Time to Evolve: The other benefit is that you now have time to evolve your platform into OSGi as you see fit, and as time allows, moving components slowly from outside the OSGi framework, into the OSGi framework as re-design is completed by component. This way you gain the benefit where you can get to it quickly. Also, those nasty libraries which have yet to be ported or are still known to not live happily inside of OSGi framework can remain outside thr framework, consumed and wired in from within the container, until such a time as they evolve their own OSGi solutions.
Arkadiko is very small and very simple! It only comprises 5 classes in total (one is an exception, one is constants, one is a util class, the real work is done by two classes).
Adding Arkadiko to your existing spring configurations is as simple as adding a single bean:
<bean class="com.liferay.arkadiko.BridgeBeanPostProcessor">
    <property name="framework">
        <!-- some factory to get an instance of org.osgi.framework.launch.Framework -->

For more details and to see the code please go to
Feedback is very appreciated!


Interesting. Did you try to use PojoSR as a framework for Arkadiko (0.1.6 provides a Framework Factory)? The benefit would be that you don't have to worry about classloaders but can just put your bundles together with your jars on the classpath.

Would be interesting to see whether it works.
First off, welcome to Paul! It's good to have you!

Second, I didn't try that but it's an excellent idea! I will certainly give it a try as it sounds like a very interesting idea!

Also, since I have your attention, perhaps you had already considered this, but perhaps not; that is the notion of using PojoSR as clever test harness for OSGi bundles. (I realize it's much more than that) As you know testing OSGi bundles can sometimes present difficulty for some developers. It occurred to me that PojoSR could avoid a lot of that difficulty by allowing developers to quickly build up test plans with dependent modules outside of a full OSGi runtime.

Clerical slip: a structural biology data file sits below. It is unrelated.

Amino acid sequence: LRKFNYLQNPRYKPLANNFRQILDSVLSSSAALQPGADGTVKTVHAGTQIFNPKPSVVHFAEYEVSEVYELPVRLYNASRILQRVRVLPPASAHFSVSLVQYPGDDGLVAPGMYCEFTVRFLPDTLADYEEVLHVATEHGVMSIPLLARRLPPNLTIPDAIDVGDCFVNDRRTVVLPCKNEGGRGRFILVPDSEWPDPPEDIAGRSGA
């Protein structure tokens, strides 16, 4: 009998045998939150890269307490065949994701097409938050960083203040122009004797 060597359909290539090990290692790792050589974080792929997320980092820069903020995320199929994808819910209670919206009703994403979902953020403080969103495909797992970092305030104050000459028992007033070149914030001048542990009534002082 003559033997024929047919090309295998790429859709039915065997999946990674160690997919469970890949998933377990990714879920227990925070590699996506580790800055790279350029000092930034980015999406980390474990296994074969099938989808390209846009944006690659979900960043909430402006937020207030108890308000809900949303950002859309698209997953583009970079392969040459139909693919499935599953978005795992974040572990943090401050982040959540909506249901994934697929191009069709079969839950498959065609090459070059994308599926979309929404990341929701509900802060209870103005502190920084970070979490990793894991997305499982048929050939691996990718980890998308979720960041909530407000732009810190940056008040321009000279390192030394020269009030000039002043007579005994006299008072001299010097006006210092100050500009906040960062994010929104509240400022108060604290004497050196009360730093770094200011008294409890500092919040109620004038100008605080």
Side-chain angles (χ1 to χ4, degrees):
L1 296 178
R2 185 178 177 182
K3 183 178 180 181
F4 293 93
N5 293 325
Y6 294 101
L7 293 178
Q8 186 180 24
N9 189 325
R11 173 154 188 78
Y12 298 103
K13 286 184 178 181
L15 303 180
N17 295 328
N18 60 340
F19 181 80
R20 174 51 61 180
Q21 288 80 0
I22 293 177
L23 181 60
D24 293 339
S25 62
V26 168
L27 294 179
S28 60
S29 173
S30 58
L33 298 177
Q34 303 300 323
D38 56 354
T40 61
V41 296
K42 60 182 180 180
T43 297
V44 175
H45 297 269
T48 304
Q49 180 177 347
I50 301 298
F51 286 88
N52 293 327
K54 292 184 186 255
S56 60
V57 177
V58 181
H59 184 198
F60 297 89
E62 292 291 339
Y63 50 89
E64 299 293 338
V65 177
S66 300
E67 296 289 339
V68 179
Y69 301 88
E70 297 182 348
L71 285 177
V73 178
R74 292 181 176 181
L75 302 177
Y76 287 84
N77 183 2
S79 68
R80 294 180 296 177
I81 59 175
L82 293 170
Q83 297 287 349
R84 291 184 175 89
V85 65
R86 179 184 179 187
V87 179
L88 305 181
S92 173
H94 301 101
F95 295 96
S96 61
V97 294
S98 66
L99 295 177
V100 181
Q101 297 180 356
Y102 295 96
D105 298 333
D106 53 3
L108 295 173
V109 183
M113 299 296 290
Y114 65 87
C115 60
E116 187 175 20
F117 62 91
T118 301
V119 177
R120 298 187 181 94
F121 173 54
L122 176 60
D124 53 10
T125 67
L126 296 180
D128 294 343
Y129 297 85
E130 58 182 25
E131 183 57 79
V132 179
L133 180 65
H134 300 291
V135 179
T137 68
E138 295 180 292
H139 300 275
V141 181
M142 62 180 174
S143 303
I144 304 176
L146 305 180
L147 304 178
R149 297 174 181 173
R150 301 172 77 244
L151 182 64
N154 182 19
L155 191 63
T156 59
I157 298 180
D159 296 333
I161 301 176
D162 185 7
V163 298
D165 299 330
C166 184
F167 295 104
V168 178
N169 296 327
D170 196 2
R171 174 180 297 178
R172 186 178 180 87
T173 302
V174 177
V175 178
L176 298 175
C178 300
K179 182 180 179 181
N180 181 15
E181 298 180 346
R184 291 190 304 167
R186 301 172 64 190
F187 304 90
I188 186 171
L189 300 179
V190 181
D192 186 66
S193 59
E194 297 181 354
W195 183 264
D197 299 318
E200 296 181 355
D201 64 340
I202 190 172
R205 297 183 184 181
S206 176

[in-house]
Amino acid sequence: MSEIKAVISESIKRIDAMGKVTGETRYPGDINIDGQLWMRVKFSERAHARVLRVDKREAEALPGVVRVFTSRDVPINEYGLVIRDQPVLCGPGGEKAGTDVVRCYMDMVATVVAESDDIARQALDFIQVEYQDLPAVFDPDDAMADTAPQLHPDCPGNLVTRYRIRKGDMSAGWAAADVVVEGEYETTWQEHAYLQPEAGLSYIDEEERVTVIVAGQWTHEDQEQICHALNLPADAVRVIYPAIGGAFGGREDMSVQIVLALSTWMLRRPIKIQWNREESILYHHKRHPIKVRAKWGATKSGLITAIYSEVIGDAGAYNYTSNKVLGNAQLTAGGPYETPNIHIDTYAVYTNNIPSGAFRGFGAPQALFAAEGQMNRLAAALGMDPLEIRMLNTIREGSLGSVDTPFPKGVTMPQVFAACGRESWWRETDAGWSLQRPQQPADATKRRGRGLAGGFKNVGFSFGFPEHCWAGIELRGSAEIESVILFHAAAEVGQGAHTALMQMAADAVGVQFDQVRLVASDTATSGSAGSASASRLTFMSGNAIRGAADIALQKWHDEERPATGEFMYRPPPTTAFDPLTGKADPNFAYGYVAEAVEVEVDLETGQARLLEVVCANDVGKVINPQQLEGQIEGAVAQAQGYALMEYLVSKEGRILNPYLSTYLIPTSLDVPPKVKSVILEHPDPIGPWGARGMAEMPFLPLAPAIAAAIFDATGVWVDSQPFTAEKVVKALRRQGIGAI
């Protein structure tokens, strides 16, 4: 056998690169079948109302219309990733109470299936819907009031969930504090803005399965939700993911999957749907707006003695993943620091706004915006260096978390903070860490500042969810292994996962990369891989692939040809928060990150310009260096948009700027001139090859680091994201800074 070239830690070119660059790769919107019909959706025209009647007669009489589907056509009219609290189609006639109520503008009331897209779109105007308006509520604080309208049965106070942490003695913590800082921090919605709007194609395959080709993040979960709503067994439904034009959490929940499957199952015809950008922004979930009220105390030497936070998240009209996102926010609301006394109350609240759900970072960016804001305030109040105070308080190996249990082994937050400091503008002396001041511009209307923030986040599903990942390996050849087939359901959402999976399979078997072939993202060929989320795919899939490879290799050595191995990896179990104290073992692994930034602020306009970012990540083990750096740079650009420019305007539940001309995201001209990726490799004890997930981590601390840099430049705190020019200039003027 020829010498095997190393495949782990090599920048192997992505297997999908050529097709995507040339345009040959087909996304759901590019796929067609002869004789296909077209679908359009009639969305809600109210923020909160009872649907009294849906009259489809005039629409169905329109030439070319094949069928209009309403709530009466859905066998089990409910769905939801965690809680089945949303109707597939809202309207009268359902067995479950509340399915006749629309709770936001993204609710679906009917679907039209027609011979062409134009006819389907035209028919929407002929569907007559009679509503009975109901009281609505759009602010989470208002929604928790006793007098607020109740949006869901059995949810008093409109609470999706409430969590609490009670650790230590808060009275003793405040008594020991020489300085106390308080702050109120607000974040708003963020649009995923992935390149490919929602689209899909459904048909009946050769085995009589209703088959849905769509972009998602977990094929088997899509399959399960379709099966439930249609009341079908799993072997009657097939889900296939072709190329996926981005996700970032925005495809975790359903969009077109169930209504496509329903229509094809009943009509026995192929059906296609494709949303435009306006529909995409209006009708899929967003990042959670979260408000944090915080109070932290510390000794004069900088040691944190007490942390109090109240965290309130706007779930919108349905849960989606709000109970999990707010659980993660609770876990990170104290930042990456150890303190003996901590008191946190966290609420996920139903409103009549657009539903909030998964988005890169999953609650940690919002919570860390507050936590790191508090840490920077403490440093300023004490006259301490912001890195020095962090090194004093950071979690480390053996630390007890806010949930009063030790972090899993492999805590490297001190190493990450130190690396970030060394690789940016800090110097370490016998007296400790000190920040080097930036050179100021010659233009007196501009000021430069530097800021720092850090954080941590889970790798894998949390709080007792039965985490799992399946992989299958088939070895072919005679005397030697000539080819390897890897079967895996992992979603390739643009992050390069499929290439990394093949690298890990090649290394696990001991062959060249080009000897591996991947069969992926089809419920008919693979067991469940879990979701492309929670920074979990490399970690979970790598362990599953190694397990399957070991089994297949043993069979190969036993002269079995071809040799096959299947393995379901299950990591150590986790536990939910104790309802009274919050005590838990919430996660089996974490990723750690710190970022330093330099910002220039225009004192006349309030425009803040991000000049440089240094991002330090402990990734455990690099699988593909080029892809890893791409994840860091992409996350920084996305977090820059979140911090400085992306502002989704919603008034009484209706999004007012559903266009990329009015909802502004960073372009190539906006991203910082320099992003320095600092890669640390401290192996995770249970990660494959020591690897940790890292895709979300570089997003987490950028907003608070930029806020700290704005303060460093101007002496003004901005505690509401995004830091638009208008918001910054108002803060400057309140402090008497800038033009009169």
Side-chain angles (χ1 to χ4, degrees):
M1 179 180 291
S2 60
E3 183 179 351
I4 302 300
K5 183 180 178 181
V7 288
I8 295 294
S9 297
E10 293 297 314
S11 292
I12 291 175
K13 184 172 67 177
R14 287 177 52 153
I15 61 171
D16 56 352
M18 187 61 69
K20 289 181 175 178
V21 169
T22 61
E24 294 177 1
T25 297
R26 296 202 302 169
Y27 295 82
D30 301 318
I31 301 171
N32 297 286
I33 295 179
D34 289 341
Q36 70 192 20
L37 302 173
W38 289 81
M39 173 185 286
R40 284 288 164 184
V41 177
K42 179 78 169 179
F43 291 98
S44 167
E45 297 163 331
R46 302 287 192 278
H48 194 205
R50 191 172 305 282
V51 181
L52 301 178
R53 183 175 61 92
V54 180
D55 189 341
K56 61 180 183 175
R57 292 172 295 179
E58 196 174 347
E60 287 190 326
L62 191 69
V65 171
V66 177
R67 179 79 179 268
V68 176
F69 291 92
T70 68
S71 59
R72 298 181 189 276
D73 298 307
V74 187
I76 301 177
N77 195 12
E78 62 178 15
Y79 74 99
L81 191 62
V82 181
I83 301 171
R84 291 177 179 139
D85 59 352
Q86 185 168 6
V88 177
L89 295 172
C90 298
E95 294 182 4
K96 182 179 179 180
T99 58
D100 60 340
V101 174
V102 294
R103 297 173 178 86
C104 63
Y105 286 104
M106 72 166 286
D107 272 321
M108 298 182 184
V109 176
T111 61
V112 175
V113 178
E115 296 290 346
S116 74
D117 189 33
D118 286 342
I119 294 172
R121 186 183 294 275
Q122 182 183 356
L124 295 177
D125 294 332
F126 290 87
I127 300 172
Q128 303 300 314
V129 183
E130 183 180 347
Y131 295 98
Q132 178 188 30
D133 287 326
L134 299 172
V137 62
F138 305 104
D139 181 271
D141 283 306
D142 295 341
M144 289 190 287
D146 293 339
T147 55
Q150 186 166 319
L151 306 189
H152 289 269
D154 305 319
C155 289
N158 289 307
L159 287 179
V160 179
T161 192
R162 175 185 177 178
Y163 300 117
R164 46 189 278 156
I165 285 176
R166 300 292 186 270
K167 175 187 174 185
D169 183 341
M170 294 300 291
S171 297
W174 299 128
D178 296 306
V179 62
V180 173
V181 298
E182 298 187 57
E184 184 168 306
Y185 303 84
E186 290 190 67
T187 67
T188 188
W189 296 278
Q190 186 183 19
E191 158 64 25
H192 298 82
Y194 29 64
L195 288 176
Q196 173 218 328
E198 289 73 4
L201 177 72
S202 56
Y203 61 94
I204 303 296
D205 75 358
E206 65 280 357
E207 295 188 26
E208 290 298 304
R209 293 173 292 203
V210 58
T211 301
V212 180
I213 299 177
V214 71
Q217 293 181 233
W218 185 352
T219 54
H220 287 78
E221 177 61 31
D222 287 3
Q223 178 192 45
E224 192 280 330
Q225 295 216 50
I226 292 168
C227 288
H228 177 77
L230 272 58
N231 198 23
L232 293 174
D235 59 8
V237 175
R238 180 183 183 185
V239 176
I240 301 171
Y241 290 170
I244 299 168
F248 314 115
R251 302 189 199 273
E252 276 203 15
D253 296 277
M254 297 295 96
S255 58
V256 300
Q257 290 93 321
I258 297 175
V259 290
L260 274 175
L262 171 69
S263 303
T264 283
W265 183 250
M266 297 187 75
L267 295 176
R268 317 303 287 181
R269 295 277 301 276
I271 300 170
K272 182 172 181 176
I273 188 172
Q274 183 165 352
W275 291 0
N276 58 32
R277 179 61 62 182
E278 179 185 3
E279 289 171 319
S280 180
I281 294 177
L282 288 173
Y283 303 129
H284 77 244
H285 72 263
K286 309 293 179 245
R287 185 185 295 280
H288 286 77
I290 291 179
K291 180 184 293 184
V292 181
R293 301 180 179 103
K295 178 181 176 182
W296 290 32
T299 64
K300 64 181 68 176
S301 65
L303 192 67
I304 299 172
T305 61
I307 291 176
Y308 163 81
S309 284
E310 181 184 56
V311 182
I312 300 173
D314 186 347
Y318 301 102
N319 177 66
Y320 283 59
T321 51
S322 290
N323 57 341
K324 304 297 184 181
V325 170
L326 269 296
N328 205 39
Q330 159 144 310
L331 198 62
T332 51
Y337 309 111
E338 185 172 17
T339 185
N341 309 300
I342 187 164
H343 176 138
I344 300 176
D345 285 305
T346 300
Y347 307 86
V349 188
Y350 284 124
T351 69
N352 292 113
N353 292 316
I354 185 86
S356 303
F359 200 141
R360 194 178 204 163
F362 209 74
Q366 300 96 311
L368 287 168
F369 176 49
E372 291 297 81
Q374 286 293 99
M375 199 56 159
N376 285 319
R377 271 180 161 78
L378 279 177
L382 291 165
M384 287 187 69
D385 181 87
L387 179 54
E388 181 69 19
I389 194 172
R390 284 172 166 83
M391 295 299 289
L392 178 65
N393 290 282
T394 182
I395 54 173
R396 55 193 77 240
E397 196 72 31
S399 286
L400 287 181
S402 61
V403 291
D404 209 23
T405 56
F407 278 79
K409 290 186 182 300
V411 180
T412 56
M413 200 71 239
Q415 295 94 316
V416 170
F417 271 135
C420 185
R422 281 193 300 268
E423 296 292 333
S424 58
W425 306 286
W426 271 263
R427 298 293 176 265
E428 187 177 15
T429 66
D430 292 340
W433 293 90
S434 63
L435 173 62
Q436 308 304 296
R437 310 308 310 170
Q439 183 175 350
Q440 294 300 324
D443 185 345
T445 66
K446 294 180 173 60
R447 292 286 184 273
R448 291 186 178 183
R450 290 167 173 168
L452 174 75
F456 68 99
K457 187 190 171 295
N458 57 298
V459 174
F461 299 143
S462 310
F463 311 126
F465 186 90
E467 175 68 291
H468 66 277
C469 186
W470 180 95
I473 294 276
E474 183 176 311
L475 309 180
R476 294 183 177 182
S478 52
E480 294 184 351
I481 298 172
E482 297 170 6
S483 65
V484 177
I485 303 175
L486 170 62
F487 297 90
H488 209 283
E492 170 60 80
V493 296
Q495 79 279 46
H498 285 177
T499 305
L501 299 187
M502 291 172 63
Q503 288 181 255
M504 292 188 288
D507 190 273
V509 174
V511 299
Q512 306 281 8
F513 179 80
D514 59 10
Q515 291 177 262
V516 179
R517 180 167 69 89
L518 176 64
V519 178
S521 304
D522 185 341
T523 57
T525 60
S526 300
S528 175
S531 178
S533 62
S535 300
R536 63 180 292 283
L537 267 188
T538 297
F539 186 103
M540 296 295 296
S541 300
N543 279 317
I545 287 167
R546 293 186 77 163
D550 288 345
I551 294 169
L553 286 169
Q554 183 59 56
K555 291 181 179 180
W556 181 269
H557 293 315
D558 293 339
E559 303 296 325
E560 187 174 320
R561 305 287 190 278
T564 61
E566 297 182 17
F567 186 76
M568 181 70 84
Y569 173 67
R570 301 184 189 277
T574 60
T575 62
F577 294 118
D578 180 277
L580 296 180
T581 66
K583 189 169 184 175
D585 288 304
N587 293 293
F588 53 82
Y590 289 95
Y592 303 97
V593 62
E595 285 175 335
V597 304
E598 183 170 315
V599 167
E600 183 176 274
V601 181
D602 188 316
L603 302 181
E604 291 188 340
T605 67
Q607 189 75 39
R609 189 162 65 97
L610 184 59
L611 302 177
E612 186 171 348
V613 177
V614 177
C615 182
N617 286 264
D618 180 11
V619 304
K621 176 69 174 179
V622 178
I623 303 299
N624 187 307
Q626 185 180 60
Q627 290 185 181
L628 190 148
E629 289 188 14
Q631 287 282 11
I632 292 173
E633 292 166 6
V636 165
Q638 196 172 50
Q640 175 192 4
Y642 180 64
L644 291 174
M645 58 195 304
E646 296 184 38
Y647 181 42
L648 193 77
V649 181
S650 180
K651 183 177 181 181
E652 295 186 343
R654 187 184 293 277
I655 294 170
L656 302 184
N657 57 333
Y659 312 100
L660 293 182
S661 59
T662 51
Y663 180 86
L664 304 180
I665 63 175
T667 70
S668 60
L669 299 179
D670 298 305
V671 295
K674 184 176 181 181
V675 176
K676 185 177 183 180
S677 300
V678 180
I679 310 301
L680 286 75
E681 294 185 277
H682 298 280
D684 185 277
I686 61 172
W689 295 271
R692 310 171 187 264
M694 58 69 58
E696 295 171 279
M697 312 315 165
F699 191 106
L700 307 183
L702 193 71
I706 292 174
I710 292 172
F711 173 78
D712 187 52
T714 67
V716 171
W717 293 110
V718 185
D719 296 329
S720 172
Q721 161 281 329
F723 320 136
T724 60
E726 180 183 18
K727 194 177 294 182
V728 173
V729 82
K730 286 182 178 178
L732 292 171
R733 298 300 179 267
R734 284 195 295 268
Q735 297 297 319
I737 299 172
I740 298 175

Lastly, the next thing I'm going to be experimenting with is the possibility for Arkadiko to support resolving dependencies ("locating" services) from within the OSGi framework to satisfy the bean dependencies in spring without having an implementation existing on the spring side. Currently dependencies still needs to be satisfied on the spring side, which later could get overridden by an OSGi services. I'd like to solve that so code can finally and completely be moved from the spring side to the OSGi side.

Anyway, Thanks for stopping by!
I just have a few questions here,
1. when you say that Arkadiko exposes all the beans as Services, don't you think we are violating the fundamental concept of OSGi the "modularity" by exposing all he stuff of the jar to external world ?
2. How does version of the classes taken care by Arkadiko ? Lets taken an example i have 1.0.0 version of Bean called "MyBean" already deployed as Spring beans and now i deploy 2.0.0 of the same bean called "MyBean" ..

Please excuse me if my questions are very basic, its just for my understanding emoticon
First, Spring knows nothing of versioning since it's plain java! Therefore there is no way that two versions can be in play, within spring.

Second, you have to export the interfaces you want to load from OSGi via the system bundle, and so again the version is known and so only a matching version can be used.

Within OSGi you can have multiple versions, within spring, there can be only one!

I think this is still reasonable trade off considering that you get the benefit of the dynamic nature of OSGi which is already far more flexible than what spring alone can offer.
That was an answer to the second question.

This is the answer to the first one:
To begin there is absolutely no way to get Liferay to a modular design in one shot! Not only would it break everything for backward compatibility but the gap between releases would have to be too big, Liferay would lose to much momentum and all interest would be lost.

The WHOLE POINT of Arkadiko is to address that specific case where the code is so large than it has to be redesigned incrementally. When faced with that fact, there is little incentive to actually want to start migrating to OSGi at all. The cost may be too high. BUT if we form a partnership with the OSGi framework, and we expose the services that we have (which is the bulk of what developers need from Liferay) then we can begin to form a working model where developers can write plugins fully based in OSGi, and gain from it's benefits while slowly Liferay takes reorganizes. That would still be no change to developer code... since you don't care which bundles expose what.. you only care that something is exposed or not. This is the beauty and simplicity of Arkadiko, exposing as much as possible to OSGi NOW, while giving ourselves time to restructure it all.